Fred has lost £200k. There's no getting around this. If he had held out till 2010 he would have been able to buy the same flat for £200k less.

However, the fact is that Fred did buy, so let's consider whether he would want prices to crash or remain stable.

The crucial assumption here is that Fred wants to move "up the ladder" and buy, for example, a four bedroom house.

Let's ignore the difficulties that negative equity brings to people's ability to move for a minute.

If prices remain stable, then Fred's flat is worth £400k. He decides that he wants to move up to a 4 bedroom house worth £1m. He has to pay £600k more. He has paid a total of £1m.

If all prices drop by 50%, then Fred's flat is worth £200k and the house has dropped in value from £1m to £500k. He pays £500k for the 4 bedroom house - 300k more than the amount he's made from selling the flat. He has paid out a total of £400k (for the flat) and £300k for trading up - £700k in total. He has therefore saved £300k thanks to the crash. Of course if he had just waited till 2010 and purchased the house as his first purhcase, he would have paid £500k in total, and saved even more money.

Lets get back to negative equity. The reason that this is a VERY BAD THING for homeowners is that it usually stops them trading up, since they have no equity, and therefore banks won't lend to them. But in fact, as can be seen, if they are able to move (for example through tapping other sources of equity such as savings) then the house price crash actually benefits them, even if they are in negative housing equity. Negative equity can prevent them taking advantage of cheaper house prices.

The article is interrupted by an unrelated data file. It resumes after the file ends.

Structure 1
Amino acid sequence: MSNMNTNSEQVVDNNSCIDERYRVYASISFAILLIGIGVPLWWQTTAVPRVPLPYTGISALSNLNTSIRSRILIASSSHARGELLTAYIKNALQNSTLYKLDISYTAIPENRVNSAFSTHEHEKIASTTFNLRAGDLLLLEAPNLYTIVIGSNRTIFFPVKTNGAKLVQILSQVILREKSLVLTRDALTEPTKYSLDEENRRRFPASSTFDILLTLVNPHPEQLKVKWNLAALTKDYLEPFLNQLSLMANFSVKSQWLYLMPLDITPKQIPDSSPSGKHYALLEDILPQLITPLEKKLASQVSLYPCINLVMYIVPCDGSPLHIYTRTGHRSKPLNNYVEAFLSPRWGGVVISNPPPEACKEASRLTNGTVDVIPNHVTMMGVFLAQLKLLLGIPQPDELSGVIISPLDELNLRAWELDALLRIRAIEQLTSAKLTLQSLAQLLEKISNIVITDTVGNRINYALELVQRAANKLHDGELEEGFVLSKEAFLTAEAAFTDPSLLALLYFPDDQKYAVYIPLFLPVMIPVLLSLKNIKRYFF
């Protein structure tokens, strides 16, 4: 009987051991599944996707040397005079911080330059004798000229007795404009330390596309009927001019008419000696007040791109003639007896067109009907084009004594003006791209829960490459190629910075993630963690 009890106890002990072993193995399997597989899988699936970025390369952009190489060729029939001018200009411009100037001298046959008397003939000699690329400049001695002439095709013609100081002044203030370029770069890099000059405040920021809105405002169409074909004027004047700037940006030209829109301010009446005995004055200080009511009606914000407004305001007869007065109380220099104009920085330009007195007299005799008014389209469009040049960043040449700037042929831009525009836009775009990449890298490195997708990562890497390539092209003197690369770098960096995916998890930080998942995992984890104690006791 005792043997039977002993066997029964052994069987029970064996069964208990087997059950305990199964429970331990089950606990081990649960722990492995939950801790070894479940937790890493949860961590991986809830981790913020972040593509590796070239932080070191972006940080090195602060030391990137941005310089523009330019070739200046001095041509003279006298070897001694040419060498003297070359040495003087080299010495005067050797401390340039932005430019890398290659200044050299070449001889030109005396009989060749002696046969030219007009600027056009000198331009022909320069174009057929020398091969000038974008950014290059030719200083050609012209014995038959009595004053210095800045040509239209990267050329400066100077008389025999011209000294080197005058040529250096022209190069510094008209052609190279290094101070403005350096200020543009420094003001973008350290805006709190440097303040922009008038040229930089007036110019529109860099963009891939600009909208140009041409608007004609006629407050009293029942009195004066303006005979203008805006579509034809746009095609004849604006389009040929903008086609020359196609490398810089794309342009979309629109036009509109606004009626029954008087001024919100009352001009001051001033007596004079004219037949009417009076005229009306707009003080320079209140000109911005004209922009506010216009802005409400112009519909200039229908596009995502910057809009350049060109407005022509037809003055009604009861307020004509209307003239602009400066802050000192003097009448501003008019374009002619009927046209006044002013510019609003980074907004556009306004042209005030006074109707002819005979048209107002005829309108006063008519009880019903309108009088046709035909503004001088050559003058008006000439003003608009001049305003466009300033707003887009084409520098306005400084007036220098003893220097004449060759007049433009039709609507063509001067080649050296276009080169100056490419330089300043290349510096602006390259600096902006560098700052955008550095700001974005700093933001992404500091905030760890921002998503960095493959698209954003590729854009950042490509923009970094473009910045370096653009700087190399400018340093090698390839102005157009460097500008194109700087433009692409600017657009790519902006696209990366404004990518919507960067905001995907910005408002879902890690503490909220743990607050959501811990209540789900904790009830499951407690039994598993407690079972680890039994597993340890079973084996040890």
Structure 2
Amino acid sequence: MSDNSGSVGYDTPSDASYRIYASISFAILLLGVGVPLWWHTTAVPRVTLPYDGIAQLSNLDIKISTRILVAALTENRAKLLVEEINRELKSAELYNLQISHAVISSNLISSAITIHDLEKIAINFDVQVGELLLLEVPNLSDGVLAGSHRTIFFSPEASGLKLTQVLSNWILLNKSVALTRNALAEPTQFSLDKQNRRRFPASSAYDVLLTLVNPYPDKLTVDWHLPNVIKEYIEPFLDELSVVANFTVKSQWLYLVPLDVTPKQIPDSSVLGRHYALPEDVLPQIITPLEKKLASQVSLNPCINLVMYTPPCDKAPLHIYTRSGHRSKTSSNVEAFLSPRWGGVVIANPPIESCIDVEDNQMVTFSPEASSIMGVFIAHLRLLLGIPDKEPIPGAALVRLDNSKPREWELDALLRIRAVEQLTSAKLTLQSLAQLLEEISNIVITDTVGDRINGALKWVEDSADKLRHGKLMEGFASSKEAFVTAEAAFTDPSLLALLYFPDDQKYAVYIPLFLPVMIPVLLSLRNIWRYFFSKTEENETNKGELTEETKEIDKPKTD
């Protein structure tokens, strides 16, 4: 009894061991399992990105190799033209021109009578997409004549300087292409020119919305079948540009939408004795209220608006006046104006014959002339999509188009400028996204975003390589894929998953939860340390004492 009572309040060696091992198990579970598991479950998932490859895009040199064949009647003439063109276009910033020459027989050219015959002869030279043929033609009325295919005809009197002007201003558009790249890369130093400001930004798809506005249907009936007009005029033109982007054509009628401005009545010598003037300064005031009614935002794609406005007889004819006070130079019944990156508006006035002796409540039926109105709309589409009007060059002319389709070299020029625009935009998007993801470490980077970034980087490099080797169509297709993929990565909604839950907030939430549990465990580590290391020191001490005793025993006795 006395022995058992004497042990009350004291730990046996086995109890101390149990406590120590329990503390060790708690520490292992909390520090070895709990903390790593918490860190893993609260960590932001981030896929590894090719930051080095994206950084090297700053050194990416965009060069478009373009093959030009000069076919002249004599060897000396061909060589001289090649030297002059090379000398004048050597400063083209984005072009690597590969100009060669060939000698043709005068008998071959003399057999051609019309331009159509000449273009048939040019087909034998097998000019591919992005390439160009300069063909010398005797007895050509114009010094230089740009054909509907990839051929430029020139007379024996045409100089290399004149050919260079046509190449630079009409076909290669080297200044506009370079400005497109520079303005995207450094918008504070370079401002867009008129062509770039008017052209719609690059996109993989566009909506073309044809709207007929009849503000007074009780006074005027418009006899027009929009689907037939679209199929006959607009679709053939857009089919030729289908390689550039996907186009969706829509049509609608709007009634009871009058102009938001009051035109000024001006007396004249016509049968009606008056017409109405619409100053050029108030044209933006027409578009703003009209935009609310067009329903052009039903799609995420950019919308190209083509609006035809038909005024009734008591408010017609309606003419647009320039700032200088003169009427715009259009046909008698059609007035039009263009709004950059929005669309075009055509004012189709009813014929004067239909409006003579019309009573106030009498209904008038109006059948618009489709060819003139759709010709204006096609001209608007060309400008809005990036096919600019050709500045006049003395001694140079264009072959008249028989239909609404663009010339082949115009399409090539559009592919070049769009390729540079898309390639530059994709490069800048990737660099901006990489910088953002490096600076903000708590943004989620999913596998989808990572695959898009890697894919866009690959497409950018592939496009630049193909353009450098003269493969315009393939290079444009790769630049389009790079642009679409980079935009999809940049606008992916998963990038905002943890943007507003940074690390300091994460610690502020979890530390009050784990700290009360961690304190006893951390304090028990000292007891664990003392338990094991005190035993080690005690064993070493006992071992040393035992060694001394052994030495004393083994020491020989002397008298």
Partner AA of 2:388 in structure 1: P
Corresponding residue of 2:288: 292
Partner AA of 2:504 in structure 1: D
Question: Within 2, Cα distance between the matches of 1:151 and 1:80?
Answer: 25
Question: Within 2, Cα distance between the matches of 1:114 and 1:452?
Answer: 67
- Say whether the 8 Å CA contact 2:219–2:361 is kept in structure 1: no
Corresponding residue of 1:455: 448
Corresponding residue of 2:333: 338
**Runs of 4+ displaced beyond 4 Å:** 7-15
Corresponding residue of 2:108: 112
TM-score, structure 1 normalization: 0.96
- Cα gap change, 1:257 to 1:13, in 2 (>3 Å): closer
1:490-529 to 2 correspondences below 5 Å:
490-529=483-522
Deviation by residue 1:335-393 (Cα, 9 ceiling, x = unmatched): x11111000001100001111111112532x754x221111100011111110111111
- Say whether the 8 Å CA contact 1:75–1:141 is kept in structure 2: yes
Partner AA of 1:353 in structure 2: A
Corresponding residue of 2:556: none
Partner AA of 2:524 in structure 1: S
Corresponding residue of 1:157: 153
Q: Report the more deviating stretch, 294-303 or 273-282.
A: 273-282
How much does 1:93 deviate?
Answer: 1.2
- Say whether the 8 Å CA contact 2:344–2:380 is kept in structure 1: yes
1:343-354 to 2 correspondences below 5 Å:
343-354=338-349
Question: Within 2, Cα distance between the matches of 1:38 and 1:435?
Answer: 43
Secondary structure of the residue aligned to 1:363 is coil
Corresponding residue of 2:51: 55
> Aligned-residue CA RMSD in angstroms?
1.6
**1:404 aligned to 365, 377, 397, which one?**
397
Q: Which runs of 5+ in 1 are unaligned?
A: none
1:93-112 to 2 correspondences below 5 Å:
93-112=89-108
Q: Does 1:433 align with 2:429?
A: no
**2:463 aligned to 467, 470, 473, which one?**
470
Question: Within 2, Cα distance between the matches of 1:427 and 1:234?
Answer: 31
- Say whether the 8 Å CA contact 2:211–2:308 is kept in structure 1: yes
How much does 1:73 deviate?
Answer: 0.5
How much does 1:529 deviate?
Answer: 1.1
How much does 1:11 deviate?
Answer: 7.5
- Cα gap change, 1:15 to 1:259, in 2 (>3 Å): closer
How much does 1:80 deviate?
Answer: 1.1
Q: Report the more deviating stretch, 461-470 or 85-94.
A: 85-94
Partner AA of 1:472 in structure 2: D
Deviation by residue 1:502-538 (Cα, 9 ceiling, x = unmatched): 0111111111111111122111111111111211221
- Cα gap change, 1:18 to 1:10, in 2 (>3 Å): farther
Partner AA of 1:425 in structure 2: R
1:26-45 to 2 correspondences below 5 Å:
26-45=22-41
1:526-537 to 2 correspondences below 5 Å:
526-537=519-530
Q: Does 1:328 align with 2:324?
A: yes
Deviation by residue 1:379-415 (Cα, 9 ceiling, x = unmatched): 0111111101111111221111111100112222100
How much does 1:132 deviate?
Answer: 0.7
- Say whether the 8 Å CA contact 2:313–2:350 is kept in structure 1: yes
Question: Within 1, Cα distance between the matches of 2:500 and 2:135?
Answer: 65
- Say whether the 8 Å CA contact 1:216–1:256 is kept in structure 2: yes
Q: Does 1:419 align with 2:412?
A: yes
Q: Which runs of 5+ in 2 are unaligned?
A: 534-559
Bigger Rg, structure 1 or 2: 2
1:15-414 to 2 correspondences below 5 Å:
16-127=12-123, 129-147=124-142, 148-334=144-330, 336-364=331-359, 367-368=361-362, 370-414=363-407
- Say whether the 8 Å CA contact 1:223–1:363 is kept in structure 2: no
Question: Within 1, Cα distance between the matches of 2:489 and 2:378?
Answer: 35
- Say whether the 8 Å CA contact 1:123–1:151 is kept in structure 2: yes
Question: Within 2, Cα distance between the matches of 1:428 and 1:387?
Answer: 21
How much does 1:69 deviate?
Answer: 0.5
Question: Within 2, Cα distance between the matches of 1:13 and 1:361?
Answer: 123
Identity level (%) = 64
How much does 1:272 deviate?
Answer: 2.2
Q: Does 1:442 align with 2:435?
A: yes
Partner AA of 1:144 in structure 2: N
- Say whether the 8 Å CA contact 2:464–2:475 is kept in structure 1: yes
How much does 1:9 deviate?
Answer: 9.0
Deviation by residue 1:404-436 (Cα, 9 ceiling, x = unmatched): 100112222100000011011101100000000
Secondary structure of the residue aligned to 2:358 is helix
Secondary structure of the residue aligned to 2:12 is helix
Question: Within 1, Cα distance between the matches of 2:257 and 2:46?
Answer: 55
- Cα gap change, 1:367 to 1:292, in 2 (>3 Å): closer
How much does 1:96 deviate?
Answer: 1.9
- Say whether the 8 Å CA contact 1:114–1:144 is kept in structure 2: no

Edited by auk

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Absolutely agree. All other factors being equal, falling house prices benefits those moving up the ladder [in relative terms they have to pay less to upgrade]. Rising prices benefit those moving down or selling up and moving to sunnier climes.

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'Dave' would be an idiot to sell up and go yachting - he'd be better off renting his house out while he was away - most people who have tried long-term living on a boat will tell you that, however attractive the option seems initially, the gloss eventually wears off and the urge to be a 'landlubber' once again will return - and it's always a good idea to keep - and occasionally revisit - a property in your preferred country of residence if going travelling for a long time. Yachts might be good fun, but they rarely appreciate in value, and have high maintenance and mooring costs, to say nothing of the increasing cost of insurance and fuel. I would have thought that someone who had aquired a house worth 2 million (or 1.2 million!) would be savvy enough to know all of this already!

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  • 295 Brexit, House prices and Summer 2020

    1. 1. Including the effects Brexit, where do you think average UK house prices will be relative to now in June 2020?


      • down 5% +
      • down 2.5%
      • Even
      • up 2.5%
      • up 5%